Officers seek information about Silverthorne moose death
Ryan Summerlin October 30, 2011
A hunter may have illegally killed a bull moose near Silverthorne Oct. 22, and Colorado Parks and Wildlife officers are looking for information.
Several people hiking along the Gore Range and Rock Creek/Pebble Creek Trail – a popular trail roughly 7 miles north of Silverthorne – reported that they encountered a hunter who told them he had shot a bull moose by mistake, but the individual has yet to report the incident to wildlife officers.
“The hikers told us that the hunter confessed to them, but he has yet to call us,” district wildlife manager Shannon Schwab. “We have a description, we have witnesses, we have items that this person left behind and we’re making every effort to find him, but it would be better for him if he turns himself in.”
Schwab says that wildlife managers understand that accidents can happen and officers will take prompt reporting into consideration when assessing fines. It is a hunter’s responsibility to identify their target and Schwab says hunters have an ethical responsibility to notify authorities as soon as possible if they make a mistake in the field.
“We would like to hear from this person, or from anyone else who knows who he is,” Schwab said.
To provide information as a witness or individual who spoke with the hunter, call Schwab at (970) 485-3081. Callers wishing to remain anonymous can contact Operation Game Thief toll-free at (877) 265-6648. Operation Game Thief offers a reward if a tip leads to a citation.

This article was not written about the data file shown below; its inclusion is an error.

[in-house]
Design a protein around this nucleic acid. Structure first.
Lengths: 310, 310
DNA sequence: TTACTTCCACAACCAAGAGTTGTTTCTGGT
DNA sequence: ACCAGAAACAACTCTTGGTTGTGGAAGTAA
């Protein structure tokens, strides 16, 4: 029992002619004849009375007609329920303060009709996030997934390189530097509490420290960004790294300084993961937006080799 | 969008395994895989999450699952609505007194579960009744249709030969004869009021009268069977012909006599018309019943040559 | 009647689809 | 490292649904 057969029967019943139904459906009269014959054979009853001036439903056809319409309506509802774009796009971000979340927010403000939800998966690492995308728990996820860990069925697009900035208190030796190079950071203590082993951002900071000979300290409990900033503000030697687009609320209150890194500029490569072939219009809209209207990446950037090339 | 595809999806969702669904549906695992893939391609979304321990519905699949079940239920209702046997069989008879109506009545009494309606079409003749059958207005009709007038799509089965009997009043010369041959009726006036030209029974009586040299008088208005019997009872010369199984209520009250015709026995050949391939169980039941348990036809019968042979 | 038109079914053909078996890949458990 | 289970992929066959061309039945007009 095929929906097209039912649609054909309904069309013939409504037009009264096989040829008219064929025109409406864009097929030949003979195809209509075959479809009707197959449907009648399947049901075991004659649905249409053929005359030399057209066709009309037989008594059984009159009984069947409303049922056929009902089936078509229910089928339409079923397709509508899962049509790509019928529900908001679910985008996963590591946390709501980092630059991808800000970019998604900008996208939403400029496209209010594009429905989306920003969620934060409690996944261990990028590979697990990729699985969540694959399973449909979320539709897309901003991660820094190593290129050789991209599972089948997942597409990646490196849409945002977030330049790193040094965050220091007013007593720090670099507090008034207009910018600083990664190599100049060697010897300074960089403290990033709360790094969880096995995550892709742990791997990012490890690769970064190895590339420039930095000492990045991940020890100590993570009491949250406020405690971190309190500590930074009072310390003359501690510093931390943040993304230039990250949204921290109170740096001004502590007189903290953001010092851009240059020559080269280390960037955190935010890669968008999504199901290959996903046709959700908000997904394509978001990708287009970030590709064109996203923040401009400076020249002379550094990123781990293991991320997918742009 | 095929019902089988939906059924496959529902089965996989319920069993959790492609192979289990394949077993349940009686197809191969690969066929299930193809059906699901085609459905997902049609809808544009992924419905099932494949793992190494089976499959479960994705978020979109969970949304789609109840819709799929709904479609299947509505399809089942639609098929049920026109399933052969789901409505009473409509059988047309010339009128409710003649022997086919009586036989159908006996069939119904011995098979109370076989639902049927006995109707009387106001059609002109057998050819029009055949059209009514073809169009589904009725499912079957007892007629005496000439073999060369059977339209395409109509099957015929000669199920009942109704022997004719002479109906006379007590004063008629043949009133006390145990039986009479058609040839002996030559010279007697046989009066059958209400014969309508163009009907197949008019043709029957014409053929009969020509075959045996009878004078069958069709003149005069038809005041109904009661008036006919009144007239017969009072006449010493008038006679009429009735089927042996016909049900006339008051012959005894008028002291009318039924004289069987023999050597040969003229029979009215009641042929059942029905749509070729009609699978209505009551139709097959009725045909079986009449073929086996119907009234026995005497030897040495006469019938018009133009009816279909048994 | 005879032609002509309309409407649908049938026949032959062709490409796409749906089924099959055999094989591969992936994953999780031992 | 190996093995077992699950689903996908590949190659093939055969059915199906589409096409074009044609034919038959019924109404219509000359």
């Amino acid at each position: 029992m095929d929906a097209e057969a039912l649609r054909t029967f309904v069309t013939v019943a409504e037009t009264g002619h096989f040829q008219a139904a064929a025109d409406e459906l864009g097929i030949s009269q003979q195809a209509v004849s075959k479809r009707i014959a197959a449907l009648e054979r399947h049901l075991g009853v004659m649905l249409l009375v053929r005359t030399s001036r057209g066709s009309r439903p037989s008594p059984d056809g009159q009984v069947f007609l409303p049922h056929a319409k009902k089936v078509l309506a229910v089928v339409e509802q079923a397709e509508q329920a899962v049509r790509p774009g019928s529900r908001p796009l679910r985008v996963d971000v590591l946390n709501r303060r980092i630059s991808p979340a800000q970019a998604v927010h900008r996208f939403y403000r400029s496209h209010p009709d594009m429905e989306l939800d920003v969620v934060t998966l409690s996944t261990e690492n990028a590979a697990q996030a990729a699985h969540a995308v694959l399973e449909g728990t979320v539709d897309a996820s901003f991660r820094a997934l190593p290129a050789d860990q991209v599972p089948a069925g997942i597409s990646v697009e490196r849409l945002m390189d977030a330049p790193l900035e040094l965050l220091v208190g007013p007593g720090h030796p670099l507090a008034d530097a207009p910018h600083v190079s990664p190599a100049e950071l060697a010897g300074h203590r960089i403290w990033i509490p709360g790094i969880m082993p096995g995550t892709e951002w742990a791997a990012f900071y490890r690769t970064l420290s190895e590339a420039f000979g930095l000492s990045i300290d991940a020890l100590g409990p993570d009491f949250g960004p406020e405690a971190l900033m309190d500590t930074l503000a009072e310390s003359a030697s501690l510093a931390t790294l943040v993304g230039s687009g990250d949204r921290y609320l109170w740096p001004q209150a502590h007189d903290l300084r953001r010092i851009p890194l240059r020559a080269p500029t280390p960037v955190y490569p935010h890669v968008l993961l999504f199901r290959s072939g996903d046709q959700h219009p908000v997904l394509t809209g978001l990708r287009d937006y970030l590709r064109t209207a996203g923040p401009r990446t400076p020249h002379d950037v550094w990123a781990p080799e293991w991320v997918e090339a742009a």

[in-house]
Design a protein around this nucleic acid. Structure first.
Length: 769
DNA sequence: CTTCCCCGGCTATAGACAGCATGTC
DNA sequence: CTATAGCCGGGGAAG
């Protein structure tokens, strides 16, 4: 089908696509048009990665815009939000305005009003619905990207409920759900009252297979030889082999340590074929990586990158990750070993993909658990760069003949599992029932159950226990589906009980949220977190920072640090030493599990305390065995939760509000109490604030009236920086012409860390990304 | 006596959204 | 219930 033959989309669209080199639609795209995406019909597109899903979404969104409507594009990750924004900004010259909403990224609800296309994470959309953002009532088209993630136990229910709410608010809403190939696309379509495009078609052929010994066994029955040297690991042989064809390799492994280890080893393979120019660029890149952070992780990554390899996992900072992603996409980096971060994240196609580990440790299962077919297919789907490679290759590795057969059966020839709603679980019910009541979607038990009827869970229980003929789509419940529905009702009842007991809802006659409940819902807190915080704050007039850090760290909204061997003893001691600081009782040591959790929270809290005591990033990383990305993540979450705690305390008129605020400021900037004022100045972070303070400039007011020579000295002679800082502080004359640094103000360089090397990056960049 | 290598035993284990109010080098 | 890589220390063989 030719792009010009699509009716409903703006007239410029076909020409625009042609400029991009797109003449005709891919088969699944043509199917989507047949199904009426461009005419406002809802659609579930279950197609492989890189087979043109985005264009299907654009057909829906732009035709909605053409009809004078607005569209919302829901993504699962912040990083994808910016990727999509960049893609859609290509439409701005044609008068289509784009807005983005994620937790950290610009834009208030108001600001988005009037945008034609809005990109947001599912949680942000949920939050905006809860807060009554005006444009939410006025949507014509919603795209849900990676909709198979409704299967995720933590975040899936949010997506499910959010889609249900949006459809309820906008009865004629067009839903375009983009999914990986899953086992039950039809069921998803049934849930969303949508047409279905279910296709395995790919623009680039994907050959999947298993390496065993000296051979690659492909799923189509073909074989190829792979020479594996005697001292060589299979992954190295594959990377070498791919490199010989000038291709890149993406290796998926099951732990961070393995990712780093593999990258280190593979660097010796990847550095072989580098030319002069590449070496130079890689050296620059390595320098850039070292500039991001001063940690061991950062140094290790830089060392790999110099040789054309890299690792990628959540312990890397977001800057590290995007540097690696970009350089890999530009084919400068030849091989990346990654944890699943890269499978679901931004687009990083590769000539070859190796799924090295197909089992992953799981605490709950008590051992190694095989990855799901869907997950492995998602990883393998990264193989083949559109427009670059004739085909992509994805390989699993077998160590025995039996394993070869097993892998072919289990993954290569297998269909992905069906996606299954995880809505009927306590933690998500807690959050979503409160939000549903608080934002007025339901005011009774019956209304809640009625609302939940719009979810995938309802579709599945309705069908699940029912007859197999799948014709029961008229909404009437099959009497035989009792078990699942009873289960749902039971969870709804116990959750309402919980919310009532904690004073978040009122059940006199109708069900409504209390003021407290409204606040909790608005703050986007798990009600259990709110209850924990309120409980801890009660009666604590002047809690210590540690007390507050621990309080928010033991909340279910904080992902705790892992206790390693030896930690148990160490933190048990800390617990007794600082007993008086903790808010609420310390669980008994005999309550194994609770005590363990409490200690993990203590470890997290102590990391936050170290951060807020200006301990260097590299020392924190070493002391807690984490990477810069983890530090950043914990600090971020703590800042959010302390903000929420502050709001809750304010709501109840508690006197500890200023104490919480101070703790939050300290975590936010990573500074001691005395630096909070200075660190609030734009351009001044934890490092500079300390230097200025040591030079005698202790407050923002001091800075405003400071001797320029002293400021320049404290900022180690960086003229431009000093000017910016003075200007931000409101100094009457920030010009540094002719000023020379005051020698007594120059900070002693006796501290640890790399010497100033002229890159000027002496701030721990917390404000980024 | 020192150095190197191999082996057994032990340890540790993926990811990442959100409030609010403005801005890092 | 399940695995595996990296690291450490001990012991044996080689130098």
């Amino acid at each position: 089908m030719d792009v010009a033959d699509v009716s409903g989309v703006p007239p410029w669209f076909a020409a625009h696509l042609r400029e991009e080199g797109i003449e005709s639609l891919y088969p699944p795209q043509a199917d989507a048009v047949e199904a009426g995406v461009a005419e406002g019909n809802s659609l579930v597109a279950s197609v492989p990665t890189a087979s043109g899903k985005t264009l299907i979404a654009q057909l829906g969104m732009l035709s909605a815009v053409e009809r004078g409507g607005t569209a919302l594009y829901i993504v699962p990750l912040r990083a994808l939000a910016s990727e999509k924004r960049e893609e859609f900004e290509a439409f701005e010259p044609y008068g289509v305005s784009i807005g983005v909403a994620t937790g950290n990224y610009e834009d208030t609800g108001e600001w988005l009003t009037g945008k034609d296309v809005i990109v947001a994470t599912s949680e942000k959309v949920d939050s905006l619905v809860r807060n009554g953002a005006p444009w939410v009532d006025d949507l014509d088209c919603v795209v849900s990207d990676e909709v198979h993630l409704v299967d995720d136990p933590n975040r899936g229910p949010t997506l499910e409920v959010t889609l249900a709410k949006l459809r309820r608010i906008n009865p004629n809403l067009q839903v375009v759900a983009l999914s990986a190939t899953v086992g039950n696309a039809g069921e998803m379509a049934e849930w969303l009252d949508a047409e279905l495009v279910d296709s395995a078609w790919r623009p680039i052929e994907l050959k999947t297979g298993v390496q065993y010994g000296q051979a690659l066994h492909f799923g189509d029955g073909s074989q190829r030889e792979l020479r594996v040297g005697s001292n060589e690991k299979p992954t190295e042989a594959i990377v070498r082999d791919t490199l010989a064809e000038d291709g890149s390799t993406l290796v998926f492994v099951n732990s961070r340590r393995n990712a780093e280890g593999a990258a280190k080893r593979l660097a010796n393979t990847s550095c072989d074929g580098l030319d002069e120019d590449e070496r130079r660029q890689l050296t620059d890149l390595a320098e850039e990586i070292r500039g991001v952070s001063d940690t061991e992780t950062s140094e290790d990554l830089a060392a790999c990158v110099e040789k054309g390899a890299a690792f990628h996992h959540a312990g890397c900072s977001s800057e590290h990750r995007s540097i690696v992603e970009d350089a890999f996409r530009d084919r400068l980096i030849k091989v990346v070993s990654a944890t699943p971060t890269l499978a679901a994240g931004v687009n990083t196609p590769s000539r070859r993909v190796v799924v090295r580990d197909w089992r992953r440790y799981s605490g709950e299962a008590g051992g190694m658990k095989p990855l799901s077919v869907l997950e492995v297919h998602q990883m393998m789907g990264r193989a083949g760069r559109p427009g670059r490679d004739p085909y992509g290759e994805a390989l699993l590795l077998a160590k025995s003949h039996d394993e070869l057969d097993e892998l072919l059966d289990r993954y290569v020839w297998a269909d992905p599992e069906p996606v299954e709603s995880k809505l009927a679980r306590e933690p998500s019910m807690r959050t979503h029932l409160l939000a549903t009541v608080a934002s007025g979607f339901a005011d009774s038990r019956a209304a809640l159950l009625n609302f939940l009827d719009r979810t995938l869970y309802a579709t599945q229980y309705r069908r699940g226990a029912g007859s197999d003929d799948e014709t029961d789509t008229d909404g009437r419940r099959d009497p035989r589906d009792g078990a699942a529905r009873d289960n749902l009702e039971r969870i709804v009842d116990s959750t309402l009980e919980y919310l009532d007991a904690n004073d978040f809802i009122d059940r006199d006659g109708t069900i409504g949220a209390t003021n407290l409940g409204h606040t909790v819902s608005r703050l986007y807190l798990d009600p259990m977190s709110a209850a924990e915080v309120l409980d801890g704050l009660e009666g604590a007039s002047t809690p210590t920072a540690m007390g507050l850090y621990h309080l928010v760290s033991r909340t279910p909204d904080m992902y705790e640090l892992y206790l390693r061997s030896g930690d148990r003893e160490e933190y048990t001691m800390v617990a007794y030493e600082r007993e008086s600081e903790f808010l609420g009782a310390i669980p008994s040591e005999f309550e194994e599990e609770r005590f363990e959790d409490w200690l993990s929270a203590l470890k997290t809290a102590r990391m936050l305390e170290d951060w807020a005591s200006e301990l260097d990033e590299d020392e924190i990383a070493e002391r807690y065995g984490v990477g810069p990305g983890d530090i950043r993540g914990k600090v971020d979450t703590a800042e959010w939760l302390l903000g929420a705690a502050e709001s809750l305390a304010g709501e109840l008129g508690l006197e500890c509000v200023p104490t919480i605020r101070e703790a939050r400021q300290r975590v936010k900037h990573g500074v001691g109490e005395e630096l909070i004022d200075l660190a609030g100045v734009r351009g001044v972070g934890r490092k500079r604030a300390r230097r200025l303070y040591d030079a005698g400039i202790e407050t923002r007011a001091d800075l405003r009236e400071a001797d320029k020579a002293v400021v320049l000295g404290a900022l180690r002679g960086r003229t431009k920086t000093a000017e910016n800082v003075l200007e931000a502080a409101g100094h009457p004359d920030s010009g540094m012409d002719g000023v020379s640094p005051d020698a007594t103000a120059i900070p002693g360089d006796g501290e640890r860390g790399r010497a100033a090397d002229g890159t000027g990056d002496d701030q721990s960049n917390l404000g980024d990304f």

Hunting season is now in full swing throughout Colorado. Although most hunters have been safe and careful in the field, Colorado Parks and Wildlife officers are reporting that accidental moose kills continue to occur despite the agency’s educational efforts.
So far this year, northwest region wildlife managers have investigated nine possible accidental moose kills, with seven of these incidents remaining unsolved to date. They also report an unexpected increase in accidental mule deer kills by hunters holding elk licenses.
More than 300,000 hunting licenses are sold in Colorado each year and mistaken kills are infrequent. However, it’s the hunter’s responsibility to identify the target before pulling the trigger.
Although the animals are similar, there are stark differences that a hunter should be able to recognize, officials say.
For example, elk travel in herds, have branched antlers, pointed snouts and are easily spooked. Moose usually travel alone, or in small groups, have palmated antlers, bulbous noses and do not spook easily. Moose fur is dark brown, while elk fur is a lighter brown, but is darker at the head and rump.